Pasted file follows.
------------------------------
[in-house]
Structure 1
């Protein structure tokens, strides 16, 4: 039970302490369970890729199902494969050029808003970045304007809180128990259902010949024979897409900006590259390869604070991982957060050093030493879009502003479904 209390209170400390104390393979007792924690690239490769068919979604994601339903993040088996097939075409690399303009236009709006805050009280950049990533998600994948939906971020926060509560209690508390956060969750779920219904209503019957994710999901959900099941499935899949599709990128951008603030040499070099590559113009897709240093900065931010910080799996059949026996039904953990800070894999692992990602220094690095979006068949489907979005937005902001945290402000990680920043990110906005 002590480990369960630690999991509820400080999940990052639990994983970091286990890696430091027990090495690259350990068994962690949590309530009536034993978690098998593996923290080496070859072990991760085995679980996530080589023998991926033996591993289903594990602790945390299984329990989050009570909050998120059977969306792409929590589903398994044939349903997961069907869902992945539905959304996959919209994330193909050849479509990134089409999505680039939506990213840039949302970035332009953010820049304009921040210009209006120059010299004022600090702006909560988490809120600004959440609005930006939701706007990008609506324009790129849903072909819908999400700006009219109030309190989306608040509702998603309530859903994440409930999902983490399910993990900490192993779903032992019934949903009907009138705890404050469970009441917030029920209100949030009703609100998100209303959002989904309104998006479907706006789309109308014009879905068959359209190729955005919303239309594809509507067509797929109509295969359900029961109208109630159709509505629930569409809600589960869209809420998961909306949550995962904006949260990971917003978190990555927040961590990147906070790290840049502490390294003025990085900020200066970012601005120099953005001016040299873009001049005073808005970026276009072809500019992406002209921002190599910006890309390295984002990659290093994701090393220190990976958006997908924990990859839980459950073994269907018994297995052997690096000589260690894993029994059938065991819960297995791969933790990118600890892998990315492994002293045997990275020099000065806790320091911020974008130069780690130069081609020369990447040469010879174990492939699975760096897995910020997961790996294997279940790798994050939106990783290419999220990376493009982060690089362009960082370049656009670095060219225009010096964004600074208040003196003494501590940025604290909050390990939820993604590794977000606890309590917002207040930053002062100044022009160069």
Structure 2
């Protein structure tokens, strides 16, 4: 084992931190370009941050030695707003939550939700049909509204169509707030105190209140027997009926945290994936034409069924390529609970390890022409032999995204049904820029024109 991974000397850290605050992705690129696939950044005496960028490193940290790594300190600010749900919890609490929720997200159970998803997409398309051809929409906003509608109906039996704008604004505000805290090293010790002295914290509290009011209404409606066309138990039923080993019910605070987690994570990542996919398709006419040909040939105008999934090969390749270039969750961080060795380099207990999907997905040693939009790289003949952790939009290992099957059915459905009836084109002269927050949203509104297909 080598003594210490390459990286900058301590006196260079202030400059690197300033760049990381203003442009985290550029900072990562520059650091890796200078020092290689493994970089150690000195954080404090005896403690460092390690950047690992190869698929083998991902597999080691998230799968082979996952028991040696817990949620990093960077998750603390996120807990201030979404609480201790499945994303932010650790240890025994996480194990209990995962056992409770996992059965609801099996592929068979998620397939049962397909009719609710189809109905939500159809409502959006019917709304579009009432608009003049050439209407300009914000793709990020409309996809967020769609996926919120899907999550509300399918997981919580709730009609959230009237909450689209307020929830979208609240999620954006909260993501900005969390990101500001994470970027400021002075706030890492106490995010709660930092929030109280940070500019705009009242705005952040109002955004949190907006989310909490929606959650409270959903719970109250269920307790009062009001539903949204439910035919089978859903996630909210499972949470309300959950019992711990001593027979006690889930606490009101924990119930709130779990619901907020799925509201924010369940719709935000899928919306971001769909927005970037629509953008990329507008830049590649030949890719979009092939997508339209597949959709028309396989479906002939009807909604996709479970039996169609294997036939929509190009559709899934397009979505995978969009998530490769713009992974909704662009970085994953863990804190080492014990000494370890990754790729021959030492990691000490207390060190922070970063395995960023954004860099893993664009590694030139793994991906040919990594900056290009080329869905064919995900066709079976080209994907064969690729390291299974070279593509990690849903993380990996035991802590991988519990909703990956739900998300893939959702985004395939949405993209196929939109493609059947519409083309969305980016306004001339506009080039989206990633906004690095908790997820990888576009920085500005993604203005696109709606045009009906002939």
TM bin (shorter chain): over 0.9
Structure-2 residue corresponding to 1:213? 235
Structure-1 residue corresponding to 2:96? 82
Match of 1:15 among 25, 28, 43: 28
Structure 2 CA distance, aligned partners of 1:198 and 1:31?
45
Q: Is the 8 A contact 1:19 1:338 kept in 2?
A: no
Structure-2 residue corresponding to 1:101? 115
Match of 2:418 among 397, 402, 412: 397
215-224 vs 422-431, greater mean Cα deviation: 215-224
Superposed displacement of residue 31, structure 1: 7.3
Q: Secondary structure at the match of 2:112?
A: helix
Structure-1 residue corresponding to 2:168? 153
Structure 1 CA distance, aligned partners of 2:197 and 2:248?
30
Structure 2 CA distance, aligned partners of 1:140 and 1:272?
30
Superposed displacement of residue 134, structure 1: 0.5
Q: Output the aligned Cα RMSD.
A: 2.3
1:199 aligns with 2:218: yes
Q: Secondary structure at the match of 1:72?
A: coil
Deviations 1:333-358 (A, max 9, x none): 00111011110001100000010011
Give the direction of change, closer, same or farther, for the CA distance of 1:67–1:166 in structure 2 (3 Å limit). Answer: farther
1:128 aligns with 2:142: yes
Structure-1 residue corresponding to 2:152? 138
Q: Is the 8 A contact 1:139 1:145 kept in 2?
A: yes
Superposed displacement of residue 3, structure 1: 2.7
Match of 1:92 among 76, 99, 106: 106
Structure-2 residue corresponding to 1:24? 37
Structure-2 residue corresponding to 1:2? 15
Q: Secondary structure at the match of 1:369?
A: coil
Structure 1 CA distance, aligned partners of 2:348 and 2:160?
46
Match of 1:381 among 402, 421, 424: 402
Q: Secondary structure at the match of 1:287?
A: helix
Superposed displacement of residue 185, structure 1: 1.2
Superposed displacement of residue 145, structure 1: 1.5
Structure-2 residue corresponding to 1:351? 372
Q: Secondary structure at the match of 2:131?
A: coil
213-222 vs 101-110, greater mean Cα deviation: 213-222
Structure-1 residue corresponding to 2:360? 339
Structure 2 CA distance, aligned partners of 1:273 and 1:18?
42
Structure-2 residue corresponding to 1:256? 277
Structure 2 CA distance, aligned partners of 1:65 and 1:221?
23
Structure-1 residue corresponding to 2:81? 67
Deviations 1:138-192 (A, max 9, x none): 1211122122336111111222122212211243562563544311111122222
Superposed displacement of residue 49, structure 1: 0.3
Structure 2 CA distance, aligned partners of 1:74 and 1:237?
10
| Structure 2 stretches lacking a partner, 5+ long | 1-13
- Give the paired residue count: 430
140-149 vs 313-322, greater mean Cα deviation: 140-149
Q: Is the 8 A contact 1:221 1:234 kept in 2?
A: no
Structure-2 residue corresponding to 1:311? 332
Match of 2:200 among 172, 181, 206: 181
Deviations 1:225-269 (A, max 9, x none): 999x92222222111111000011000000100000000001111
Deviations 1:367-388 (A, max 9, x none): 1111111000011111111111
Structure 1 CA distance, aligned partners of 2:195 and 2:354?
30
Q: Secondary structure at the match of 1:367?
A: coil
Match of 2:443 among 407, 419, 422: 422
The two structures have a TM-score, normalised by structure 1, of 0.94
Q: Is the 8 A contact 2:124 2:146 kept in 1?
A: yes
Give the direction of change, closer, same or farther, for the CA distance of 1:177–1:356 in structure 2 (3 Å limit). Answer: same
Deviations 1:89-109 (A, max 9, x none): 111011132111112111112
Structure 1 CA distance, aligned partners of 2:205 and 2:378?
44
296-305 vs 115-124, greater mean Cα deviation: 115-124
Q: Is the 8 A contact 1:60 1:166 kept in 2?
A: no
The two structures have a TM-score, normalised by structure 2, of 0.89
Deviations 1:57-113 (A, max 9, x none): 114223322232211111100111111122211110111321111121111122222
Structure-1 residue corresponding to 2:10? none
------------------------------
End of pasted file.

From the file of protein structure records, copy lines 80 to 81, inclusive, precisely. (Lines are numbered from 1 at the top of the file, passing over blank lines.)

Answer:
Q: Is the 8 A contact 2:124 2:146 kept in 1?
A: yes